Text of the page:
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JavaScript variables can be declared after they have been used.

Before jumping into examples and how hoisting effects programming, you must know what hoisting means. Hoisting is JavaScript's default behavior to moving all declarations to the top of the current scope, whether that is the script or the function you are working within. Functions can also be hoisted, but there are two types of functions;

  1. Function declarations
  2. Function expressions

Function declarations can be hoisted to the top, here is an example

hoist(); // Output: "A hoisted function'"

function hoist() {
 console.log('A hoisted function');
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A function expression cannot be hoisted to the top

expression(); //Output: "TypeError: expression is not a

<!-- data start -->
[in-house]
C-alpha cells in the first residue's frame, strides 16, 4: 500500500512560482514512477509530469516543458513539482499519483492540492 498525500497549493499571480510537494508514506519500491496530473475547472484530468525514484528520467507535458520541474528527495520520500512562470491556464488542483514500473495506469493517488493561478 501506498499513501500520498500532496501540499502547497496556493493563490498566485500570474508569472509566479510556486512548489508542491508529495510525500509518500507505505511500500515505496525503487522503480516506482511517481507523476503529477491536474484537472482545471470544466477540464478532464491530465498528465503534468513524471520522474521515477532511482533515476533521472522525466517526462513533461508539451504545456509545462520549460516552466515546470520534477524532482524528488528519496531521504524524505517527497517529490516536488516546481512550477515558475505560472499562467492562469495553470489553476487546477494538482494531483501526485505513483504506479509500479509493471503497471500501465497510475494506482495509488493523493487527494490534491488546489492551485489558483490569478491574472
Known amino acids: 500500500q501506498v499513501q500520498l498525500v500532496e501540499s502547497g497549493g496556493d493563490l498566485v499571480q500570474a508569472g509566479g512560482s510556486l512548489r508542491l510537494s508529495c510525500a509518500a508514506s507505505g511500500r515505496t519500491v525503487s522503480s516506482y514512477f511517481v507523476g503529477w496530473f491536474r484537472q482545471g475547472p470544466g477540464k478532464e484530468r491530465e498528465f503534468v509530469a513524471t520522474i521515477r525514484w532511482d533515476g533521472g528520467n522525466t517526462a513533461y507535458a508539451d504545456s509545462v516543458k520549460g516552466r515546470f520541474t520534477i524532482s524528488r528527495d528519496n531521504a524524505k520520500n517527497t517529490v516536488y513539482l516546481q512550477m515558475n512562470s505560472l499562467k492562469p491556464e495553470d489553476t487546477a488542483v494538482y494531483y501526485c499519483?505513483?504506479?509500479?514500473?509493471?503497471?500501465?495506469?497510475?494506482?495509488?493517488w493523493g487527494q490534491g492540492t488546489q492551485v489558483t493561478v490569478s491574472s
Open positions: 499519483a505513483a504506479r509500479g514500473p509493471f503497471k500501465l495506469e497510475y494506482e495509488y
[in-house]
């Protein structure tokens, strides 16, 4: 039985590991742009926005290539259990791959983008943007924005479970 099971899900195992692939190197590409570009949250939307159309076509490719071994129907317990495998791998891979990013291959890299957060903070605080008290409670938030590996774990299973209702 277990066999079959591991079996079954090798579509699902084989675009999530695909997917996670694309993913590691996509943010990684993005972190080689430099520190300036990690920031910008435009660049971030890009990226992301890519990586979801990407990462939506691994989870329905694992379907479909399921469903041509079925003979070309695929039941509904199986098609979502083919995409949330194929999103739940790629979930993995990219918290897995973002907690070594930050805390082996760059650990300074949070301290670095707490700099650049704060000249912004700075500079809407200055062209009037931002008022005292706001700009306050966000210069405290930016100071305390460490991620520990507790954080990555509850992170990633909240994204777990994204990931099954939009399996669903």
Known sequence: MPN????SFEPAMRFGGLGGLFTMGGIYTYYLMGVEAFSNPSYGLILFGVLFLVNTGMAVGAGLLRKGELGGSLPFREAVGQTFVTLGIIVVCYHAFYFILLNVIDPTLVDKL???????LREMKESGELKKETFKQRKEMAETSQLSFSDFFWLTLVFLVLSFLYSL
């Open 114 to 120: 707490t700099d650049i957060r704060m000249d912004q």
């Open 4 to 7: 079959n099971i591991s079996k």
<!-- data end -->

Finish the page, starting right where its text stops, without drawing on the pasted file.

var expression = function() {
   console.log('Will this work?');
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Function definition hoisting only occurs for function declarations, not function expressions.

Var initialization can be hoisted and let and const are hoisted to the top of the block, but not initialized The code knows of the variables existence, but it CANNOT be used until it has been declared.

b = 20; // Assigns 20 to b

elem = document.getElementById("demo"); // Find an element
elem.innerHTML = x;        // Display x in the element

var b; // Declares b
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carName = "Volvo";
let carName;

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